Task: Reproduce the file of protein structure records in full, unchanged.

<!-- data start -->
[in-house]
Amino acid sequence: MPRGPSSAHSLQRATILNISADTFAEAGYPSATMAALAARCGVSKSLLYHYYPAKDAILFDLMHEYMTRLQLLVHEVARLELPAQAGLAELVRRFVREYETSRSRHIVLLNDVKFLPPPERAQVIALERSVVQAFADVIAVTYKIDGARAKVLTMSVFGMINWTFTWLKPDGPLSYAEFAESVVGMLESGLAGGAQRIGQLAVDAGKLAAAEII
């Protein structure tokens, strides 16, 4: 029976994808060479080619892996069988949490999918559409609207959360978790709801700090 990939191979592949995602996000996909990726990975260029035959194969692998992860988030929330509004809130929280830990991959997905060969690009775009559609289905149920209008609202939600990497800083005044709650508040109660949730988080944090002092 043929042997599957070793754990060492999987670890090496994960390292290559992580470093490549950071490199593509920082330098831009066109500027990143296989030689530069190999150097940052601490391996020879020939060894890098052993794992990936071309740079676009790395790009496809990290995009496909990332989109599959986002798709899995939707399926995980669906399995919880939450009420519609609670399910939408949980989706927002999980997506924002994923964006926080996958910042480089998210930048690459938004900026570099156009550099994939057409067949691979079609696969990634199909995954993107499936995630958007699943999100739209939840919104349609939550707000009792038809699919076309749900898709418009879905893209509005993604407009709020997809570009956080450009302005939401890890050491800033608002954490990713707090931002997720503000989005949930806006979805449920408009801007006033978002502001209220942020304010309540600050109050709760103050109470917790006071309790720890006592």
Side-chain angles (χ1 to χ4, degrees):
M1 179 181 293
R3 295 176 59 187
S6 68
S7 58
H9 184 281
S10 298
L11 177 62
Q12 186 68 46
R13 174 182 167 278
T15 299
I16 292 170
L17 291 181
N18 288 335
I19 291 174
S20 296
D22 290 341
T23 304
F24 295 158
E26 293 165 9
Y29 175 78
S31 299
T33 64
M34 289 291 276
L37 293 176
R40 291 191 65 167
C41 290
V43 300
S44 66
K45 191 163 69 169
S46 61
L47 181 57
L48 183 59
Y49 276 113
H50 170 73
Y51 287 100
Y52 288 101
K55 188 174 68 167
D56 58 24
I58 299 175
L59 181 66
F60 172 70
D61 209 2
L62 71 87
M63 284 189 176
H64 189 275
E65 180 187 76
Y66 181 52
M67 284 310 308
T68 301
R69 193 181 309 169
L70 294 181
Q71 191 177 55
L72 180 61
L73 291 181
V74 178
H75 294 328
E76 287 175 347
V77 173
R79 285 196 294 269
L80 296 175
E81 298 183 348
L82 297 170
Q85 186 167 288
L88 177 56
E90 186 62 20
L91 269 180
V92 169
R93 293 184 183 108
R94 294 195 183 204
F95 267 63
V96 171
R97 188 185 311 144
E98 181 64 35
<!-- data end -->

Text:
[in-house]
Amino acid sequence: MPRGPSSAHSLQRATILNISADTFAEAGYPSATMAALAARCGVSKSLLYHYYPAKDAILFDLMHEYMTRLQLLVHEVARLELPAQAGLAELVRRFVREYETSRSRHIVLLNDVKFLPPPERAQVIALERSVVQAFADVIAVTYKIDGARAKVLTMSVFGMINWTFTWLKPDGPLSYAEFAESVVGMLESGLAGGAQRIGQLAVDAGKLAAAEII
């Protein structure tokens, strides 16, 4: 029976994808060479080619892996069988949490999918559409609207959360978790709801700090 990939191979592949995602996000996909990726990975260029035959194969692998992860988030929330509004809130929280830990991959997905060969690009775009559609289905149920209008609202939600990497800083005044709650508040109660949730988080944090002092 043929042997599957070793754990060492999987670890090496994960390292290559992580470093490549950071490199593509920082330098831009066109500027990143296989030689530069190999150097940052601490391996020879020939060894890098052993794992990936071309740079676009790395790009496809990290995009496909990332989109599959986002798709899995939707399926995980669906399995919880939450009420519609609670399910939408949980989706927002999980997506924002994923964006926080996958910042480089998210930048690459938004900026570099156009550099994939057409067949691979079609696969990634199909995954993107499936995630958007699943999100739209939840919104349609939550707000009792038809699919076309749900898709418009879905893209509005993604407009709020997809570009956080450009302005939401890890050491800033608002954490990713707090931002997720503000989005949930806006979805449920408009801007006033978002502001209220942020304010309540600050109050709760103050109470917790006071309790720890006592």
Side-chain angles (χ1 to χ4, degrees):
M1 179 181 293
R3 295 176 59 187
S6 68
S7 58
H9 184 281
S10 298
L11 177 62
Q12 186 68 46
R13 174 182 167 278
T15 299
I16 292 170
L17 291 181
N18 288 335
I19 291 174
S20 296
D22 290 341
T23 304
F24 295 158
E26 293 165 9
Y29 175 78
S31 299
T33 64
M34 289 291 276
L37 293 176
R40 291 191 65 167
C41 290
V43 300
S44 66
K45 191 163 69 169
S46 61
L47 181 57
L48 183 59
Y49 276 113
H50 170 73
Y51 287 100
Y52 288 101
K55 188 174 68 167
D56 58 24
I58 299 175
L59 181 66
F60 172 70
D61 209 2
L62 71 87
M63 284 189 176
H64 189 275
E65 180 187 76
Y66 181 52
M67 284 310 308
T68 301
R69 193 181 309 169
L70 294 181
Q71 191 177 55
L72 180 61
L73 291 181
V74 178
H75 294 328
E76 287 175 347
V77 173
R79 285 196 294 269
L80 296 175
E81 298 183 348
L82 297 170
Q85 186 167 288
L88 177 56
E90 186 62 20
L91 269 180
V92 169
R93 293 184 183 108
R94 294 195 183 204
F95 267 63
V96 171
R97 188 185 311 144
E98 181 64 35